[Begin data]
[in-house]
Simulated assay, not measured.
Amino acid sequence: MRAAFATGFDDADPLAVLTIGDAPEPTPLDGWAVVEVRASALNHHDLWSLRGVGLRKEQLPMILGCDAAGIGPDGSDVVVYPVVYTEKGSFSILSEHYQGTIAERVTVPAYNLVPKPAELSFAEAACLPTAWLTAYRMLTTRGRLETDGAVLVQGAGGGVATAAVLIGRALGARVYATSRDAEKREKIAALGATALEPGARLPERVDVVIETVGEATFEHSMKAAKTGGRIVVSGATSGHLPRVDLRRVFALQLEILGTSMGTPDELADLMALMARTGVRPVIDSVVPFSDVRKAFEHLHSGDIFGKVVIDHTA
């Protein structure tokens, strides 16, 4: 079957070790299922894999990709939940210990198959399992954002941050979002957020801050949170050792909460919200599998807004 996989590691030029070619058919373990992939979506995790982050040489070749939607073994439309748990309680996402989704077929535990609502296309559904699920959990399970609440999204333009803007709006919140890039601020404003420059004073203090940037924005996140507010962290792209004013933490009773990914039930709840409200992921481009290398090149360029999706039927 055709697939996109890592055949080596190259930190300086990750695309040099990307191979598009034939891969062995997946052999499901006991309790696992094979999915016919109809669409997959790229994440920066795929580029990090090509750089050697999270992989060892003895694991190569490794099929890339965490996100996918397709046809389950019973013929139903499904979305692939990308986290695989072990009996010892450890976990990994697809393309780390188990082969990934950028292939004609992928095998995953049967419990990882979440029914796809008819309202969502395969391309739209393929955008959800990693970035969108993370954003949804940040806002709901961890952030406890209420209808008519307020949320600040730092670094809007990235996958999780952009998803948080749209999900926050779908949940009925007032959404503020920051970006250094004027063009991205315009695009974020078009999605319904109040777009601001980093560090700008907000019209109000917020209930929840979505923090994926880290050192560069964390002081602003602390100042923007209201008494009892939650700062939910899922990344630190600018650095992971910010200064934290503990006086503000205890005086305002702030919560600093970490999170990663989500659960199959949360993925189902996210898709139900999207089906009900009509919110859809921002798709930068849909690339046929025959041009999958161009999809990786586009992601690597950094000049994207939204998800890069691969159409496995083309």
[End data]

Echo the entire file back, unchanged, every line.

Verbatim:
[in-house]
Simulated assay, not measured.
Amino acid sequence: MRAAFATGFDDADPLAVLTIGDAPEPTPLDGWAVVEVRASALNHHDLWSLRGVGLRKEQLPMILGCDAAGIGPDGSDVVVYPVVYTEKGSFSILSEHYQGTIAERVTVPAYNLVPKPAELSFAEAACLPTAWLTAYRMLTTRGRLETDGAVLVQGAGGGVATAAVLIGRALGARVYATSRDAEKREKIAALGATALEPGARLPERVDVVIETVGEATFEHSMKAAKTGGRIVVSGATSGHLPRVDLRRVFALQLEILGTSMGTPDELADLMALMARTGVRPVIDSVVPFSDVRKAFEHLHSGDIFGKVVIDHTA
């Protein structure tokens, strides 16, 4: 079957070790299922894999990709939940210990198959399992954002941050979002957020801050949170050792909460919200599998807004 996989590691030029070619058919373990992939979506995790982050040489070749939607073994439309748990309680996402989704077929535990609502296309559904699920959990399970609440999204333009803007709006919140890039601020404003420059004073203090940037924005996140507010962290792209004013933490009773990914039930709840409200992921481009290398090149360029999706039927 055709697939996109890592055949080596190259930190300086990750695309040099990307191979598009034939891969062995997946052999499901006991309790696992094979999915016919109809669409997959790229994440920066795929580029990090090509750089050697999270992989060892003895694991190569490794099929890339965490996100996918397709046809389950019973013929139903499904979305692939990308986290695989072990009996010892450890976990990994697809393309780390188990082969990934950028292939004609992928095998995953049967419990990882979440029914796809008819309202969502395969391309739209393929955008959800990693970035969108993370954003949804940040806002709901961890952030406890209420209808008519307020949320600040730092670094809007990235996958999780952009998803948080749209999900926050779908949940009925007032959404503020920051970006250094004027063009991205315009695009974020078009999605319904109040777009601001980093560090700008907000019209109000917020209930929840979505923090994926880290050192560069964390002081602003602390100042923007209201008494009892939650700062939910899922990344630190600018650095992971910010200064934290503990006086503000205890005086305002702030919560600093970490999170990663989500659960199959949360993925189902996210898709139900999207089906009900009509919110859809921002798709930068849909690339046929025959041009999958161009999809990786586009992601690597950094000049994207939204998800890069691969159409496995083309």